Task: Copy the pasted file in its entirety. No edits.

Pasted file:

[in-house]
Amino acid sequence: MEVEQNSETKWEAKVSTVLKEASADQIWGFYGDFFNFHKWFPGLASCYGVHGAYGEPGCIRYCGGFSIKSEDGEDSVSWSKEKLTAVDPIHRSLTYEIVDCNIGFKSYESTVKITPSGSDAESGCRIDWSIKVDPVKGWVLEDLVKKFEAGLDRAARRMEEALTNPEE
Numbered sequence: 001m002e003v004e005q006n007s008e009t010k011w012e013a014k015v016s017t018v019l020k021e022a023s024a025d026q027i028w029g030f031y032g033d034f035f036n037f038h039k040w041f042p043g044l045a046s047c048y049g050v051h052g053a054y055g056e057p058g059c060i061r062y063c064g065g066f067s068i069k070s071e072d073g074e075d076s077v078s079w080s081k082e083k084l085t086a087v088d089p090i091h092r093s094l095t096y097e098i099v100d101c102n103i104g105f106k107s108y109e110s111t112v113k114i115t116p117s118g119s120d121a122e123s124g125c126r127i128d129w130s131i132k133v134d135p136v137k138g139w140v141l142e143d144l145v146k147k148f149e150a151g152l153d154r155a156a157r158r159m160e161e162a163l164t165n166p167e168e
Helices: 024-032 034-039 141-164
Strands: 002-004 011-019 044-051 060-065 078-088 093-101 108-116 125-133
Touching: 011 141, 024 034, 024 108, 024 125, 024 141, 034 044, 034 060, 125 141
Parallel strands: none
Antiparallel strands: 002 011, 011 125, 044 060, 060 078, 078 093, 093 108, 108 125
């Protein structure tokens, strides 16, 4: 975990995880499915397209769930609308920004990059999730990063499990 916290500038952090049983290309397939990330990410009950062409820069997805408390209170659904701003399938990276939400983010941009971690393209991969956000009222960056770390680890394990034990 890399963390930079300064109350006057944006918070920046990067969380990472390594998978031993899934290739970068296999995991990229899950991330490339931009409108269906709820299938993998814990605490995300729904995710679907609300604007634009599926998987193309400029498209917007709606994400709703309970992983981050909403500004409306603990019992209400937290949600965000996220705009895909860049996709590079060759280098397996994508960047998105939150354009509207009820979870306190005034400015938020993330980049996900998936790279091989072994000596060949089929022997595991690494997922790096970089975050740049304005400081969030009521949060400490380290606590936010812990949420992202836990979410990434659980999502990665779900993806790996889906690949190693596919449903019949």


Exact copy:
[in-house]
Amino acid sequence: MEVEQNSETKWEAKVSTVLKEASADQIWGFYGDFFNFHKWFPGLASCYGVHGAYGEPGCIRYCGGFSIKSEDGEDSVSWSKEKLTAVDPIHRSLTYEIVDCNIGFKSYESTVKITPSGSDAESGCRIDWSIKVDPVKGWVLEDLVKKFEAGLDRAARRMEEALTNPEE
Numbered sequence: 001m002e003v004e005q006n007s008e009t010k011w012e013a014k015v016s017t018v019l020k021e022a023s024a025d026q027i028w029g030f031y032g033d034f035f036n037f038h039k040w041f042p043g044l045a046s047c048y049g050v051h052g053a054y055g056e057p058g059c060i061r062y063c064g065g066f067s068i069k070s071e072d073g074e075d076s077v078s079w080s081k082e083k084l085t086a087v088d089p090i091h092r093s094l095t096y097e098i099v100d101c102n103i104g105f106k107s108y109e110s111t112v113k114i115t116p117s118g119s120d121a122e123s124g125c126r127i128d129w130s131i132k133v134d135p136v137k138g139w140v141l142e143d144l145v146k147k148f149e150a151g152l153d154r155a156a157r158r159m160e161e162a163l164t165n166p167e168e
Helices: 024-032 034-039 141-164
Strands: 002-004 011-019 044-051 060-065 078-088 093-101 108-116 125-133
Touching: 011 141, 024 034, 024 108, 024 125, 024 141, 034 044, 034 060, 125 141
Parallel strands: none
Antiparallel strands: 002 011, 011 125, 044 060, 060 078, 078 093, 093 108, 108 125
């Protein structure tokens, strides 16, 4: 975990995880499915397209769930609308920004990059999730990063499990 916290500038952090049983290309397939990330990410009950062409820069997805408390209170659904701003399938990276939400983010941009971690393209991969956000009222960056770390680890394990034990 890399963390930079300064109350006057944006918070920046990067969380990472390594998978031993899934290739970068296999995991990229899950991330490339931009409108269906709820299938993998814990605490995300729904995710679907609300604007634009599926998987193309400029498209917007709606994400709703309970992983981050909403500004409306603990019992209400937290949600965000996220705009895909860049996709590079060759280098397996994508960047998105939150354009509207009820979870306190005034400015938020993330980049996900998936790279091989072994000596060949089929022997595991690494997922790096970089975050740049304005400081969030009521949060400490380290606590936010812990949420992202836990979410990434659980999502990665779900993806790996889906690949190693596919449903019949």